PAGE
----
My question today is about the Adeles and whether they have the same cardinality as the real numbers.

Certainly $\mathbb{R}$ has more elements than $\mathbb{Z}$. This is by Cantor diagonalization. Here are some interesting twists I have read on that discussion (not important now)

We also know that p-adic numbers $\mathbb{Q}_p$ has the same cardinality as $\mathbb{R}$. You can imagine that allowing infinitely many digits to the left of the decimal point should be the same as allowing them to the right.

What happens when we multiply all of them? I made the mistake of writing an equality here:

$$ \mathbb{A} \neq \prod \mathbb{Q}_p$$

Instead the Adeles are a "restricted product" of all p-adic numbers over all primes $p = 2,3,5,7,11,13\dots$ :

$$ \mathbb{A} = \Big\{ (x_2, x_3, x_5, \dots,x_p, \dots ) \in \prod \mathbb{Q}_p \Big| \text{ most of } x_p \in \mathbb{Z}_p \Big\} $$

Is the "size" or "number of" Adeles stricly larger than $\mathbb{R}$? Certainly the straight product would be bigger:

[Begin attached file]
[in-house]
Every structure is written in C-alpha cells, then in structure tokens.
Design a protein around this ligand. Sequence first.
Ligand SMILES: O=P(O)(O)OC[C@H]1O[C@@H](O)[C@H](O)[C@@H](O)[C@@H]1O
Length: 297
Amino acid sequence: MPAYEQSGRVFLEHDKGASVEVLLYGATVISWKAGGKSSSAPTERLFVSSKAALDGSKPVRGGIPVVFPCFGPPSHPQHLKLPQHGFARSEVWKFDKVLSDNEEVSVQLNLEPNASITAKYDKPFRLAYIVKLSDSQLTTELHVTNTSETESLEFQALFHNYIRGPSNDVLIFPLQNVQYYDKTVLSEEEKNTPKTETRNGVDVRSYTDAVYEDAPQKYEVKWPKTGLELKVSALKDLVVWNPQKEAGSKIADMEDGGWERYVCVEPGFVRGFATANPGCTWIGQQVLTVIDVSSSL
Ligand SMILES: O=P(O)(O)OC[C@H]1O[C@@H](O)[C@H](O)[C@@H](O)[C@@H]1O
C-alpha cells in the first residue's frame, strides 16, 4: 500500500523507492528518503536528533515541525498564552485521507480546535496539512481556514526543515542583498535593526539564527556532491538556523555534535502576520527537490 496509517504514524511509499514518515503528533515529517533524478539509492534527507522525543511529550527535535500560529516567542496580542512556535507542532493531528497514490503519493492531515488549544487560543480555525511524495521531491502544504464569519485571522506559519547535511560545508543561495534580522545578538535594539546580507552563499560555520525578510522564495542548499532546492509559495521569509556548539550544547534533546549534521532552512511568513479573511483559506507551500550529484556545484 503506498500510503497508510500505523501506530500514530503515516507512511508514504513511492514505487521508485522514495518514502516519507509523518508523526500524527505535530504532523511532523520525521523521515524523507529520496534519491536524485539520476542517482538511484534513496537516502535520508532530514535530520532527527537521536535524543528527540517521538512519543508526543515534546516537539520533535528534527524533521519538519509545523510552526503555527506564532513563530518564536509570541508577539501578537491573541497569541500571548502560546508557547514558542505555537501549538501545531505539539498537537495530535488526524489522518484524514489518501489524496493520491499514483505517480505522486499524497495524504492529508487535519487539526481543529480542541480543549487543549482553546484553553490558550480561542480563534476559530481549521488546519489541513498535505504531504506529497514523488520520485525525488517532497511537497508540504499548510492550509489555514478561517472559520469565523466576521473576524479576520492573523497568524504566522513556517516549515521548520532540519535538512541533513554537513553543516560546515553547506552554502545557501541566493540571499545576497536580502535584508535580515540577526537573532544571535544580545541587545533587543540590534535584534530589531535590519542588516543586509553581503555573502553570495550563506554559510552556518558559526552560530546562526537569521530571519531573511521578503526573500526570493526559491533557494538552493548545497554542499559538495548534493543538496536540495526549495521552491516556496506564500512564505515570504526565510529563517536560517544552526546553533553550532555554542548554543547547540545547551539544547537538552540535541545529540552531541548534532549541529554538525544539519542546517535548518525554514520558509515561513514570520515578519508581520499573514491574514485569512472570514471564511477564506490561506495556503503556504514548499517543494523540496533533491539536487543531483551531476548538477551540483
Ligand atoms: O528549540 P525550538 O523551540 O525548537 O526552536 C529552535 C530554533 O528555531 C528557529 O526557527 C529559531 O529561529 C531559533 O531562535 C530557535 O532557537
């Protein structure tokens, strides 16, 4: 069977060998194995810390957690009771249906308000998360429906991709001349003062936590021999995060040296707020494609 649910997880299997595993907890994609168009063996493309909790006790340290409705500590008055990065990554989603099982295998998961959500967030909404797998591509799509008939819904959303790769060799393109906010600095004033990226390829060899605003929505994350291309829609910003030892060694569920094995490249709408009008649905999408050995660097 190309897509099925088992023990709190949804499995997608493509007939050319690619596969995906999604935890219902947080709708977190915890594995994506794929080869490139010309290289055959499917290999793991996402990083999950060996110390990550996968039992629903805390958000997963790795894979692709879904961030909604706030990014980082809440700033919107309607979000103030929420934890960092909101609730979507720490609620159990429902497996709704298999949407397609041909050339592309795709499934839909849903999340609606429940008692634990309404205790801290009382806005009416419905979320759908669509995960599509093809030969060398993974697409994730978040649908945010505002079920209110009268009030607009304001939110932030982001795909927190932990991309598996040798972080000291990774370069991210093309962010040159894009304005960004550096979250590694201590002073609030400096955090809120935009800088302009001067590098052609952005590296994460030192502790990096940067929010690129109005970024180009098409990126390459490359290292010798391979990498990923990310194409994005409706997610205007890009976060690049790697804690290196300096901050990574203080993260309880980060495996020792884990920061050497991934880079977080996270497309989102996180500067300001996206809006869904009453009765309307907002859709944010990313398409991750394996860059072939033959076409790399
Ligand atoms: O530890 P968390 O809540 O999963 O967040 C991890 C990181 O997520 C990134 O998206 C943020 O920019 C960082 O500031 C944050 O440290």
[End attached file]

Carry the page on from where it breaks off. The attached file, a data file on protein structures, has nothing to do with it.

$$ |\mathbb{A}| \leq \left|\prod \mathbb{Q}_p \right| = \left| \mathbb{R}^\mathbb{Z} \right| $$

Since we only have the restricted product... how big is this set exactly? How does it compare to more familiar sets like $\mathbb{R}, \mathbb{Z}$ or $2^\mathbb{Z}$ ?


Cardinal arithmetic tells us $|\mathbb{R}^\mathbb{Z}|=|\mathbb{R}|^{|\mathbb{Z}|}=(2^{\aleph_0})^{\aleph_0}=2^{\aleph_0\times \aleph_0}=2^{\aleph_0}=|\mathbb{R}|$.

And $|\mathbb{R}|\le|\mathbb{A}|\le|\mathbb{R}^\mathbb{Z}|=|\mathbb{R}|$ implies $|\mathbb{A}|=|\mathbb{R}|=\mathfrak{c}$.

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